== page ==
CMS Land Company (CMS) had a problem with their groundwater: it was leaching toxic levels of mercury, total dissolved solids (TDS), and pH to Lake Michigan’s Little Traverse Bay from buried cement kiln dust. Wastewater resulting from an initial leachate collection system did not meet National Pollutant Discharge Elimination System (NPDES) permit limits or the City of Petoskey’s pretreatment limits.
ECT designed a pilot study for ultrafiltration treatment of the wastewater. ECT constructed, operated, and collected data from the pilot treatment system for six months. Our team demonstrated to the Michigan Department of Environmental Quality (MDEQ), the U.S. Environmental Protection Agency (EPA), the City of Petoskey, and the public, that the wastewater could be treated to meet NPDES permit limits and the City’s pretreatment limits.
After the study, ECT assisted with negotiations between MDEQ and EPA to develop limits for an NPDES permit to discharge treated wastewater to Lake Michigan. The discharge of treated wastewater to Little Traverse Bay and permit issuance were highly controversial and subject to scrutinized public opinion and regulatory oversight. In December 2010, MDEQ issued an NPDES permit to CMS to discharge treated wastewater to Little Traverse Bay. ECT assisted with a 2011 NPDES permit revision and a groundwater-surface water interface (GSI) mixing zone determination. In 2012, the total dissolved solids (TDS) levels increased in both the collected leachate and the upgradient dilution wells. The increase prompted CMS to truck a portion of the collected leachate for permitted deep well injection to avoid exceeding the NPDES permit limit for acute toxicity.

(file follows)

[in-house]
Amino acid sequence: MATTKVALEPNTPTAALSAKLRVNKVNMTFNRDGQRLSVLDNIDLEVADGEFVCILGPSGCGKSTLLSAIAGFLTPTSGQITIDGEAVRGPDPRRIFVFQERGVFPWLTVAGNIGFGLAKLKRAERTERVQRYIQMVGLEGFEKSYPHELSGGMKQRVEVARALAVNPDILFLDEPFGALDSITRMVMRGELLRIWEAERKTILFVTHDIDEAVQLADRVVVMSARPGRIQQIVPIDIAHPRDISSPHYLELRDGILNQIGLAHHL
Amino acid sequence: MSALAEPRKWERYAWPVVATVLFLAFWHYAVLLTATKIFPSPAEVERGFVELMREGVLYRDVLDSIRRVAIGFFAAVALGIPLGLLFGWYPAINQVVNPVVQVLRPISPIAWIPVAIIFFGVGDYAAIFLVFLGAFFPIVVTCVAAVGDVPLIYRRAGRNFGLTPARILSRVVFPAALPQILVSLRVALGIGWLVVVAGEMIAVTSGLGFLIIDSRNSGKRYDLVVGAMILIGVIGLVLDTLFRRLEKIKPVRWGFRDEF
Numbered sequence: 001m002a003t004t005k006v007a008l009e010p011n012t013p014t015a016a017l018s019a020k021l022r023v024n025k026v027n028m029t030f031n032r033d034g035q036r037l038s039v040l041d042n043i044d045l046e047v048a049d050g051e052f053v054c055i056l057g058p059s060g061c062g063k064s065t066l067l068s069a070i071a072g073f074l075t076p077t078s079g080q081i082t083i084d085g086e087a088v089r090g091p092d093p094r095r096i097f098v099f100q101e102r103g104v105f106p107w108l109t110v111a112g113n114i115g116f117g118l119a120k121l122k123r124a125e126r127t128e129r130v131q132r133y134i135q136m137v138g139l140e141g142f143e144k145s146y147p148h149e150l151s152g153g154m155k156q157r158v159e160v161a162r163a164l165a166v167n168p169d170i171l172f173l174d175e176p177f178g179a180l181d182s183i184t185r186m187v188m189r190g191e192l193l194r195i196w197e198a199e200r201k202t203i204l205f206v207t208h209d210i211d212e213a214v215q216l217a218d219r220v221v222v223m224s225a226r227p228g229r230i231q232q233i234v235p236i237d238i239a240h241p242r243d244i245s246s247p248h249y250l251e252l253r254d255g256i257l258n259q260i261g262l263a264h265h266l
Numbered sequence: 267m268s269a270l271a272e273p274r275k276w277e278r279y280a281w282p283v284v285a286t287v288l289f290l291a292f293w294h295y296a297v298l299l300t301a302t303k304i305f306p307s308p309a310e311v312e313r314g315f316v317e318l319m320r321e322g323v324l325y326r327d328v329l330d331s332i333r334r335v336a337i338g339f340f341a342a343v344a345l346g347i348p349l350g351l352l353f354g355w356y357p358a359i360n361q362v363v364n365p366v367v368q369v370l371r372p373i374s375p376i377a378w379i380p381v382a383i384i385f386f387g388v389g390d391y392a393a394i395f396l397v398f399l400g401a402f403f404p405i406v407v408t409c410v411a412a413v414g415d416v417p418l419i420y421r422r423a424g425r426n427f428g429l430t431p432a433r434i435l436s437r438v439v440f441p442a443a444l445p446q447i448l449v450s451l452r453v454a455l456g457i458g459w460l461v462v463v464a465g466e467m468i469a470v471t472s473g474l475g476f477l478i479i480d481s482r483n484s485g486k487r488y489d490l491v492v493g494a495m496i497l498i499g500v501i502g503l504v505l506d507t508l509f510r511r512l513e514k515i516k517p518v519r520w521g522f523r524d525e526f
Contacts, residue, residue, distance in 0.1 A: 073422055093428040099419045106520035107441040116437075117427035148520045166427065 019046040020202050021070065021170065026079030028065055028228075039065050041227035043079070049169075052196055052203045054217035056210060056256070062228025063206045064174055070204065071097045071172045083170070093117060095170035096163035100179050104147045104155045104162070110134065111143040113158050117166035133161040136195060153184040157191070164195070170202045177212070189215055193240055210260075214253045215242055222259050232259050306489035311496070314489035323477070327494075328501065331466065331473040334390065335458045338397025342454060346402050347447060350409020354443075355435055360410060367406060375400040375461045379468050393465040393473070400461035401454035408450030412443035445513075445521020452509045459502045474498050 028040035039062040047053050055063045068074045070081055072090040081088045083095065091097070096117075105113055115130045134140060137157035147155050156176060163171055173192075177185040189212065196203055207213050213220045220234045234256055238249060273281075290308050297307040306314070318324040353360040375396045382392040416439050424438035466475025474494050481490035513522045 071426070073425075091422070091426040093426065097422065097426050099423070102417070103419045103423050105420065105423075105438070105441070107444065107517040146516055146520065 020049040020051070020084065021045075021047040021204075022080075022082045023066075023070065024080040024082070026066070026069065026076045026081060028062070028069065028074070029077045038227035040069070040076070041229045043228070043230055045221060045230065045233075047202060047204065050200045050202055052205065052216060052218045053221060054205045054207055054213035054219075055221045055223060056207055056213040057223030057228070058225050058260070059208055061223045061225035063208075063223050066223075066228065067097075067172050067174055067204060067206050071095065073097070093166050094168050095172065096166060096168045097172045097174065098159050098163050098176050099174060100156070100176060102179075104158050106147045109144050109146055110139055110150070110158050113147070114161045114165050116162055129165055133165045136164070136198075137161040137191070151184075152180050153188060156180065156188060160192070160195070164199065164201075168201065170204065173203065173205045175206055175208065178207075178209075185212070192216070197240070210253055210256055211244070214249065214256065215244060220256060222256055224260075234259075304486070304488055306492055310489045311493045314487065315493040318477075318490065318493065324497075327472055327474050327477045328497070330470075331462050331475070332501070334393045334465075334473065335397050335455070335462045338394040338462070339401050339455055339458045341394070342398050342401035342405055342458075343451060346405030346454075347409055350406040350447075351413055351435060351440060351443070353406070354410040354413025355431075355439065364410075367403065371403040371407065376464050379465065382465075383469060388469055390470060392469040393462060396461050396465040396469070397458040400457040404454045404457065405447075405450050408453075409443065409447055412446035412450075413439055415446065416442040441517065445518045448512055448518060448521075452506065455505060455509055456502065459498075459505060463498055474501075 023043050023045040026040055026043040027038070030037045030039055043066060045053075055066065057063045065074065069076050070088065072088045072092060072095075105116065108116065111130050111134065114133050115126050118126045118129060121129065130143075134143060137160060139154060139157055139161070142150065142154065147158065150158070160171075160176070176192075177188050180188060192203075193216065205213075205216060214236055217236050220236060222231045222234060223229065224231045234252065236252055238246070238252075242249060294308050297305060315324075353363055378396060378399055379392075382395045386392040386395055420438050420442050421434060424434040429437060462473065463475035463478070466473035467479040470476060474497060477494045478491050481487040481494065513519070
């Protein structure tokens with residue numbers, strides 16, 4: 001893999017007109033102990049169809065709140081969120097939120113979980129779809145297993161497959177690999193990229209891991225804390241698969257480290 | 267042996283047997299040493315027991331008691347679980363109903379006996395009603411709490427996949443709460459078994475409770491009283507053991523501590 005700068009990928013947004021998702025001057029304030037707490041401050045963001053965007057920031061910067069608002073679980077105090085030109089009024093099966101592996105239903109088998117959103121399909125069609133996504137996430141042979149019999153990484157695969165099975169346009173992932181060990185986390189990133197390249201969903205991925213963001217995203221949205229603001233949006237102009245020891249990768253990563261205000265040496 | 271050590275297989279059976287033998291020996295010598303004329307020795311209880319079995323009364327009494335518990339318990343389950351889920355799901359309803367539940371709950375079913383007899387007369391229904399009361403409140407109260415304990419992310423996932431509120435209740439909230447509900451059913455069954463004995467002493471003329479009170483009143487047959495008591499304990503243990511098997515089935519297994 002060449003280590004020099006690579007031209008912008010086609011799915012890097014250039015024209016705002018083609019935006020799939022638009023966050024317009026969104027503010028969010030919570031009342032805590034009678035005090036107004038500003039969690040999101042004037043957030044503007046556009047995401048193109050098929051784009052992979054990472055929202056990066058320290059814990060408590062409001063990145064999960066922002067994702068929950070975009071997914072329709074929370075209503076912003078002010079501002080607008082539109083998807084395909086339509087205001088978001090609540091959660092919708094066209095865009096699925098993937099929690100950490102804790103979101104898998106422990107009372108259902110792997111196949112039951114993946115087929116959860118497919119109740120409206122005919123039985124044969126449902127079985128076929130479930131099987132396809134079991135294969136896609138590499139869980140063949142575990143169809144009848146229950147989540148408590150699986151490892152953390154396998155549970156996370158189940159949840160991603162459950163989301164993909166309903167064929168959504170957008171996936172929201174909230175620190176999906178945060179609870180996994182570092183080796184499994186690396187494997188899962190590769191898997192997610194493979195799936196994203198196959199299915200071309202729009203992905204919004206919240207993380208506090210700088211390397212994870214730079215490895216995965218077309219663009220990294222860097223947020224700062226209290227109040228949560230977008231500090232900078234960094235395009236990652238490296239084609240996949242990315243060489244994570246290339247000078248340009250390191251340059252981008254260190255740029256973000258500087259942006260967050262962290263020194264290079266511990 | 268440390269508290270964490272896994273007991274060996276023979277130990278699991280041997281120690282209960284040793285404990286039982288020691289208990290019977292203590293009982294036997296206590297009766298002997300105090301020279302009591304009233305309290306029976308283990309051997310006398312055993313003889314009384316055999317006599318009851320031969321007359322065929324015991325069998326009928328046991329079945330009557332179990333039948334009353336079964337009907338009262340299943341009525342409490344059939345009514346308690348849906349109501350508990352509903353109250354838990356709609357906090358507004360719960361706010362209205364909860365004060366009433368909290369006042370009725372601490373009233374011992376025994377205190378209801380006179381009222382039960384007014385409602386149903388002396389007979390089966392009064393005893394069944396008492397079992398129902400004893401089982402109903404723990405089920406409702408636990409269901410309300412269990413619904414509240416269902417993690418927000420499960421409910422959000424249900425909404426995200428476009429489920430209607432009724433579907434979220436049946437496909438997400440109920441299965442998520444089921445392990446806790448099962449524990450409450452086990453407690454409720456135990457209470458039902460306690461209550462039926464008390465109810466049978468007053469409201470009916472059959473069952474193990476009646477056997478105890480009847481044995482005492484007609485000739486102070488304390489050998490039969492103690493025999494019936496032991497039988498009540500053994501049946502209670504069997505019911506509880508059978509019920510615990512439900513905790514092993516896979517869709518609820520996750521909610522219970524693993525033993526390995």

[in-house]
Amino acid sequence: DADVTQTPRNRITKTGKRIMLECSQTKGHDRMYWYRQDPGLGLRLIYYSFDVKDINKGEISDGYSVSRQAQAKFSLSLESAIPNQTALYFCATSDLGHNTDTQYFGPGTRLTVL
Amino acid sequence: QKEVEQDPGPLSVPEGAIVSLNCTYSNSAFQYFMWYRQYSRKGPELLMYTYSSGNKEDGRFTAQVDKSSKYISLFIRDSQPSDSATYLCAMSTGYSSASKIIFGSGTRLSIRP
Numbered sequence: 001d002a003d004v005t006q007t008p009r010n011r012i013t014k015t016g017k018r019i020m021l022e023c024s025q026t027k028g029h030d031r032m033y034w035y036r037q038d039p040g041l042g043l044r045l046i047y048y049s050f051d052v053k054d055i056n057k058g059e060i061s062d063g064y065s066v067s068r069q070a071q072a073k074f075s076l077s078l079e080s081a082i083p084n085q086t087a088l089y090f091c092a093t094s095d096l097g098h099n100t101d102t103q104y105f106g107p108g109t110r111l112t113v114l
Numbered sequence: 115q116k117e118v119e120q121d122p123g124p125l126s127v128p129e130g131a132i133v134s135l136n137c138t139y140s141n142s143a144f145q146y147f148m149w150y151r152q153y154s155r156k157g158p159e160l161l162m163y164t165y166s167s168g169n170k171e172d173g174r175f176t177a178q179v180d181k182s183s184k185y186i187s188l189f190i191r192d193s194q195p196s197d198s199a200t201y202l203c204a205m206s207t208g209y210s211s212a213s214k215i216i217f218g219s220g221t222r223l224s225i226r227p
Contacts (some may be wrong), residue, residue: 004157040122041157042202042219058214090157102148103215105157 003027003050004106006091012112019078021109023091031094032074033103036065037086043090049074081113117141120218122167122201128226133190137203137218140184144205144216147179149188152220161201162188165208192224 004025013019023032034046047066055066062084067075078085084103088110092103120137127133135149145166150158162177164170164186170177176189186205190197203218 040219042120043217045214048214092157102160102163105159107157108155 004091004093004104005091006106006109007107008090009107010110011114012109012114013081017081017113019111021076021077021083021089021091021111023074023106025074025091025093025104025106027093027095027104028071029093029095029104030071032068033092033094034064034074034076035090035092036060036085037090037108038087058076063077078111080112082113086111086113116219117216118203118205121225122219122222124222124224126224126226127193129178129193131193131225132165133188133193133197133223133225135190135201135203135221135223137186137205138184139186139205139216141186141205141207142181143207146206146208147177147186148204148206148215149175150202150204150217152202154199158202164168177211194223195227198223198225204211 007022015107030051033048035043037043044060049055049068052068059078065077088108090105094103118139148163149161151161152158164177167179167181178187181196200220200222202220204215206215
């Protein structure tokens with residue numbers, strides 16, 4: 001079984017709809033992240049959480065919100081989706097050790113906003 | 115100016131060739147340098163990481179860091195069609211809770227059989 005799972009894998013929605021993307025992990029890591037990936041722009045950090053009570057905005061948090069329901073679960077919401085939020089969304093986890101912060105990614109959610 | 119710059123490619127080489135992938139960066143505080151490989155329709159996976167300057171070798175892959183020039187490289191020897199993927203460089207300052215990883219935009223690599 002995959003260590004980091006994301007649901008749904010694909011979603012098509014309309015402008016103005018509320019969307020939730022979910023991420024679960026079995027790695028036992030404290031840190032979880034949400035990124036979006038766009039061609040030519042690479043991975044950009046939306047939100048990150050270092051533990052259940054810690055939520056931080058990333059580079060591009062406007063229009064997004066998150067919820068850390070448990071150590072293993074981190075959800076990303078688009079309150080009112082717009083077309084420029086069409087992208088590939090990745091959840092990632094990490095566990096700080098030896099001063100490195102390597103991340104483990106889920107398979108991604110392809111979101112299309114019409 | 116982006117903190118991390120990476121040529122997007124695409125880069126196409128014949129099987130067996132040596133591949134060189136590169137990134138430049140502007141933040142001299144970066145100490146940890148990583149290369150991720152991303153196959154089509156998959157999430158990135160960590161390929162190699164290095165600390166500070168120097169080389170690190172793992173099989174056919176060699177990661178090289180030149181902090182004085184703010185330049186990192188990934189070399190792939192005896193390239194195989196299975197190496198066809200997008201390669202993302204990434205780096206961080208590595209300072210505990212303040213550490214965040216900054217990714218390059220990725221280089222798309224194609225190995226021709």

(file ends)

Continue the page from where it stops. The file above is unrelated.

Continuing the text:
ECT conducted an acute mixing zone demonstration that consisted of macroinvertebrate studies and effluent plume delineation to project the impact of full discharge of all treated leachate and negotiated with MDEQ permit staff to allow full discharge. MDEQ rejected the initial request, but after further negotiation and a modification of the outfall structure, MDEQ modified the permit. CMS was again able to discharge all treated effluent to Little Traverse Bay while meeting permit limits. ECT continued to delineate the effluent plume monthly as a permit stipulation and assists with permit reissuance and compliance.
In 2016, ECT conducted a mercury uptake study in Little Traverse Bay. The study utilized artificial substrate to measure mercury uptake by mussels and periphyton near the site.